The Syrian Civil War also prompted an unforeseen refugee crisis, resulting in the largest number of displaced people (almost 60 million) in the world since World War II. The European Migrant Crisis prompted many to cross the Mediterranean Sea from Libya to Southern Europe, and many of these people drowned during the journey, children among them.

Child marriage, abuse, exploitation, and recruitment into armed services and rebel groups also run high in Syria. Child marriage is often seen by many families as a safer alternative to protect their daughters, while child abuse can be prominent in refugee camps. Child exploitation is also a major threat for children, particularly with regards to the recruitment of child soldiers by rebel and militia groups. The use of chemical weapons has also been prominent during the war and resulted in many child injuries and deaths. A number of harrowing images of suffering children have continually raised an outcry from the international community.

The median age in Syria is 24.1 years, and – based on 2018 population estimates – children make up approximately 44% of the total current population. This means that due to the indiscriminate nature of war, children also suffer mass casualties. Save the Children has found that almost all of the eight million children currently in Syria have been affected by the war and require some sort of humanitarian assistance. Three million of these children are under the age of six and thereby know nothing but the war into which they were born.

UNICEF has found that as of March 2017, 280,000 children were living in areas under siege and two million children are currently out of school due to the number of functioning schools in the country being halved. As a result of the war, two in three children have also suffered from some form of war-related loss while at least one in four are at risk of developing a mental health disorder.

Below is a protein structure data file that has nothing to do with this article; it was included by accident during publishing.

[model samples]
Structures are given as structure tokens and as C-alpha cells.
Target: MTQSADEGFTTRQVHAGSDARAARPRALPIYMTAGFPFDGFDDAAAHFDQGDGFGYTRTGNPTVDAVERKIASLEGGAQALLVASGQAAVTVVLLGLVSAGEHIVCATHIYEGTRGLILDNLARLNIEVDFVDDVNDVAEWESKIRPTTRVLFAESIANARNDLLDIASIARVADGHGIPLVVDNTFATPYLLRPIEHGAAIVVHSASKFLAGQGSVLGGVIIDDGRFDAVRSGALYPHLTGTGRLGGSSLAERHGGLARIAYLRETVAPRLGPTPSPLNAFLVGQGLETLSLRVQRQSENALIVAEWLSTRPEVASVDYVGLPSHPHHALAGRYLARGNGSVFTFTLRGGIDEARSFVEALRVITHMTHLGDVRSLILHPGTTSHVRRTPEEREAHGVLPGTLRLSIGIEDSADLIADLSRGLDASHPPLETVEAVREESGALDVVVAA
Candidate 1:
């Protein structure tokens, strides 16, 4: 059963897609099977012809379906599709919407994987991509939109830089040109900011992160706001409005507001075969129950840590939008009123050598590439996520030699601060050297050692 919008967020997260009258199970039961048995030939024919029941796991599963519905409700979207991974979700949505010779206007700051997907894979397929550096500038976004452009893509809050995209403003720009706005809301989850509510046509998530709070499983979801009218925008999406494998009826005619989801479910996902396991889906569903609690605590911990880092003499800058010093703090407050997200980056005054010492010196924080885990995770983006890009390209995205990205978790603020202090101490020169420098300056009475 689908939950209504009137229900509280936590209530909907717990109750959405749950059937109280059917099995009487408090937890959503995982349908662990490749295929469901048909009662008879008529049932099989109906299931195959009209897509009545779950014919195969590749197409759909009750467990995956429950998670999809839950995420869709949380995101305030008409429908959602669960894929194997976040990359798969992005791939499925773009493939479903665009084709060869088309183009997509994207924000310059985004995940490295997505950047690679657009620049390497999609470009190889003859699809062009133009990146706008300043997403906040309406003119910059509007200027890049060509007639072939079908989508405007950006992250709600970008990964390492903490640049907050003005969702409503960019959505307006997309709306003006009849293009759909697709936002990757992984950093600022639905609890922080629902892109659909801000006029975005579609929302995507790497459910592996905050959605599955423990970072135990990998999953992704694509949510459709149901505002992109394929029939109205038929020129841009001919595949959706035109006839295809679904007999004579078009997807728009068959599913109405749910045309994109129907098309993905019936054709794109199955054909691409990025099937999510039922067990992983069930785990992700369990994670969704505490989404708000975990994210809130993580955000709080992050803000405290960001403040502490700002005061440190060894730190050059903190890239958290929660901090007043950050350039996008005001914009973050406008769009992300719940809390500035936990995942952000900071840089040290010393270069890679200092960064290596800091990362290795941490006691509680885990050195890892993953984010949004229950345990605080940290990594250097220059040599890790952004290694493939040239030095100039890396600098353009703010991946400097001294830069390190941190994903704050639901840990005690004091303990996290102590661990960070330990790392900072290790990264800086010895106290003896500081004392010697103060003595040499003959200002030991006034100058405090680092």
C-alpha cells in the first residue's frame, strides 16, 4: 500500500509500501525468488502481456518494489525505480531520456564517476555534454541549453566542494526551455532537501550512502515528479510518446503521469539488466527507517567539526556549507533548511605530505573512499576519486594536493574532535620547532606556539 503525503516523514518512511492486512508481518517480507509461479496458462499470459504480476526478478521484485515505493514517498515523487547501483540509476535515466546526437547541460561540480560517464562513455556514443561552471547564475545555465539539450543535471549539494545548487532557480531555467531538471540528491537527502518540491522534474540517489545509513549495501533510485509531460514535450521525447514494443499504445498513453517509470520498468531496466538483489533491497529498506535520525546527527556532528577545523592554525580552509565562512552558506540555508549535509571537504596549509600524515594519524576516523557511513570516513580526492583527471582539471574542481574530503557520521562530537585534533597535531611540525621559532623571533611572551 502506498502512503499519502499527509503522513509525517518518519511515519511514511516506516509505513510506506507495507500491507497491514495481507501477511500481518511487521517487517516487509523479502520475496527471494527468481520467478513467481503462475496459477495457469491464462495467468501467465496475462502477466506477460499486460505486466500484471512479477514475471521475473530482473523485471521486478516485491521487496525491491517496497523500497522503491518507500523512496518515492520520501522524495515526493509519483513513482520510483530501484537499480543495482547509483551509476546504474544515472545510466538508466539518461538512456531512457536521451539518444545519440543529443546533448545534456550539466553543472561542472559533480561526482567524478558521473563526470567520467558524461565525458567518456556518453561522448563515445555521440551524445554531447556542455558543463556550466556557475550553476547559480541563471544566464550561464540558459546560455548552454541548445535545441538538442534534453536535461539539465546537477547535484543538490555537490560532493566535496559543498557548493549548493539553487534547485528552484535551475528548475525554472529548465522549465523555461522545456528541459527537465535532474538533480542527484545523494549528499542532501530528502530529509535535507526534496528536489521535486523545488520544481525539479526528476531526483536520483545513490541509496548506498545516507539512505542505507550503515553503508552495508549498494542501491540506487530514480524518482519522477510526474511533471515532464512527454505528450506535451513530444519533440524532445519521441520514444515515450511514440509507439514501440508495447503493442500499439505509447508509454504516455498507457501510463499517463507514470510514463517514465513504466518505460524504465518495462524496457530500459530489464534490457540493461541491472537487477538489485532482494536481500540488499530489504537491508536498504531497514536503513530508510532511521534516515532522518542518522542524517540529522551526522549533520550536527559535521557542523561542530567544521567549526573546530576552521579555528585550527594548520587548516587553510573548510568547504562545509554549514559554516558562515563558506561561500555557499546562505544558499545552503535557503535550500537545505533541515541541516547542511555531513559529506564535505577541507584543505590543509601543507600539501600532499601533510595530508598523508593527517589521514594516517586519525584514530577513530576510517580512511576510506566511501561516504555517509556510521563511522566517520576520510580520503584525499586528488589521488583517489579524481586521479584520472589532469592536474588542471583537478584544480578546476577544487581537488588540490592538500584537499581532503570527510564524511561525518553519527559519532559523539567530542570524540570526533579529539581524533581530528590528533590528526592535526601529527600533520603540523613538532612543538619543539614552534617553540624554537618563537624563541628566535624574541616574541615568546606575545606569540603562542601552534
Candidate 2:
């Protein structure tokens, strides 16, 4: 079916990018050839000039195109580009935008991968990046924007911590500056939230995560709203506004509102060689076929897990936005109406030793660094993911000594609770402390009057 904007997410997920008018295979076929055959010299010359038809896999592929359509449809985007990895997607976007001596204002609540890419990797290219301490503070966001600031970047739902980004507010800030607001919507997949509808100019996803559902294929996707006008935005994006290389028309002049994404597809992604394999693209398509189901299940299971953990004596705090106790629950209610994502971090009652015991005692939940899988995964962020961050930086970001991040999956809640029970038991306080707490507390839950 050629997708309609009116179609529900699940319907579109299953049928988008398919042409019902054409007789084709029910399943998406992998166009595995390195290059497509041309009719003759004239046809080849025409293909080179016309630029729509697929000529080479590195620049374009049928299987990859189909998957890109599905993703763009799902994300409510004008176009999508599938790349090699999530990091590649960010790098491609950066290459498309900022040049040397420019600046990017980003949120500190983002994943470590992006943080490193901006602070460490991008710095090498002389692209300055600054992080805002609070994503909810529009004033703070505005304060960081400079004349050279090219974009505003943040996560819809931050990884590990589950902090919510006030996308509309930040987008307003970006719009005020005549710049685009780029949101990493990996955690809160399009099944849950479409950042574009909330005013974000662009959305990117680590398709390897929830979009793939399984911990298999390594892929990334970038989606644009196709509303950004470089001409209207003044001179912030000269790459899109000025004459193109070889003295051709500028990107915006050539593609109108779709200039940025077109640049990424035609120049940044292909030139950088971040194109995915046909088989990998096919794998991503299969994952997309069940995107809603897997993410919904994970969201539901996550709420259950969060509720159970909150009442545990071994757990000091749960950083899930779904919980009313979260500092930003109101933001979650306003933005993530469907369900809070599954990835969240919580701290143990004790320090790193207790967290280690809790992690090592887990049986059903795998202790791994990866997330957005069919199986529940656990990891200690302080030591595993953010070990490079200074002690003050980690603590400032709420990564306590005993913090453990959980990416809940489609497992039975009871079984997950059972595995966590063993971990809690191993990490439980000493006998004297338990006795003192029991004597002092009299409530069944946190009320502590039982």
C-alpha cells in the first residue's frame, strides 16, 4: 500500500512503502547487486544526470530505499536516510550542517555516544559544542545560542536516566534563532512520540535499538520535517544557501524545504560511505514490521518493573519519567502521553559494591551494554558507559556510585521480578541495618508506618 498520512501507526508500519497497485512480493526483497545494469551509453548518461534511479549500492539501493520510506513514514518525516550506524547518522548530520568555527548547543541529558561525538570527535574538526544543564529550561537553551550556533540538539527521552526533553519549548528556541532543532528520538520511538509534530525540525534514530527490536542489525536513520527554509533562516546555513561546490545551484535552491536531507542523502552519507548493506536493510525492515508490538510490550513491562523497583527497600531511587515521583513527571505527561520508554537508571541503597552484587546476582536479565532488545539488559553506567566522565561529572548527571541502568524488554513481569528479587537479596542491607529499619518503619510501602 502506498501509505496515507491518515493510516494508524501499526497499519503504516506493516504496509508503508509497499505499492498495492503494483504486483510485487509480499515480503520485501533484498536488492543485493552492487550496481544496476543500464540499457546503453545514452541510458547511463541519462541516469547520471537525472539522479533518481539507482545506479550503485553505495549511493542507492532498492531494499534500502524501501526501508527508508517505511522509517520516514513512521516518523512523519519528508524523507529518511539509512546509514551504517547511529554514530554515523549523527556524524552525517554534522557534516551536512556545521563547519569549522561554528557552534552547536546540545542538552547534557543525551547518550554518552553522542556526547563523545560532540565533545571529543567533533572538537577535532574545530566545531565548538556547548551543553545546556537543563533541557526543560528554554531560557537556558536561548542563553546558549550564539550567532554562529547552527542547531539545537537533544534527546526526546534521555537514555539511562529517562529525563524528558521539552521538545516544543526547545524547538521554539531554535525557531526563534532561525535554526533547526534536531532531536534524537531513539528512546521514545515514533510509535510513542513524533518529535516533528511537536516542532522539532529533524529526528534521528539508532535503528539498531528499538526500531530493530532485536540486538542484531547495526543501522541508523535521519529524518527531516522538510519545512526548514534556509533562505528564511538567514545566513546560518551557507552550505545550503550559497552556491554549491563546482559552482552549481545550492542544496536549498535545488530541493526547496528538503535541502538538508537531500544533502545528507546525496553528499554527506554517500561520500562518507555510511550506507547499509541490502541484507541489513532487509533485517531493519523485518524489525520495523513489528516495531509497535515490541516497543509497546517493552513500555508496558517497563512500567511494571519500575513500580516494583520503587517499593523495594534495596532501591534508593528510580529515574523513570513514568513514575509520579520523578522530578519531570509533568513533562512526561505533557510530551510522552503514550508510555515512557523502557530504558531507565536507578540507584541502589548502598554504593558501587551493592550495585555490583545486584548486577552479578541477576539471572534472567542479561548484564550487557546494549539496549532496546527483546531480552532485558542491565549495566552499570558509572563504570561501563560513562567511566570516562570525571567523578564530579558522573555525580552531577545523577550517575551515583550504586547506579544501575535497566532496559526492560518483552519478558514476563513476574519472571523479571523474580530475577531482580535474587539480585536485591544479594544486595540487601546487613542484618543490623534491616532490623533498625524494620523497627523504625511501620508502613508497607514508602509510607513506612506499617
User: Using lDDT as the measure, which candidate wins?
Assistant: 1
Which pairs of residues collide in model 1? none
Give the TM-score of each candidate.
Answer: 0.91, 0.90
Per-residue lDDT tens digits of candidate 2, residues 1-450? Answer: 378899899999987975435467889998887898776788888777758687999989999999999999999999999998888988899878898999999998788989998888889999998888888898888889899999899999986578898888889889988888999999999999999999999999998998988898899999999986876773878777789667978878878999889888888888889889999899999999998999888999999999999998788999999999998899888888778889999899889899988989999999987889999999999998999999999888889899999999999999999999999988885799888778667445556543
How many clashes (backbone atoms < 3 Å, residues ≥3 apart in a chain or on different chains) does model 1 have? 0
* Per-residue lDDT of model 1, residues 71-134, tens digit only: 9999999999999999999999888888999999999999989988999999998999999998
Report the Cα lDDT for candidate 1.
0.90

According to the Syrian Center for Policy Research, an estimated 55,000 children have been killed in the war. 2016 was the worst year on record for child fatalities, with around 650 deaths and 850 forced child recruitments into the war, according to UNICEF.

A number of charities and NGOs both within and outside of Syria work specifically to help children by providing aid, assistance, and necessary services where they are able. However, one of the largest inhibitors to providing life-saving humanitarian aid is the inability to reach children living in areas under siege. Such places are often tightly controlled by government forces or militia groups and do not allow NGOs or aid groups any access, limiting their work and the number of children they can reach. Without humanitarian aid, families often cannot afford to treat illness and disease, or in many cases even access basic necessities.

Without significant financial and humanitarian aid, millions of children in Syria – many of whose lives have been shaped by the war – will continue to suffer.  These children pay the price for indiscriminate violence created by a war in which they play no part besides victims, and that many cannot even begin to understand.

Ashika Manu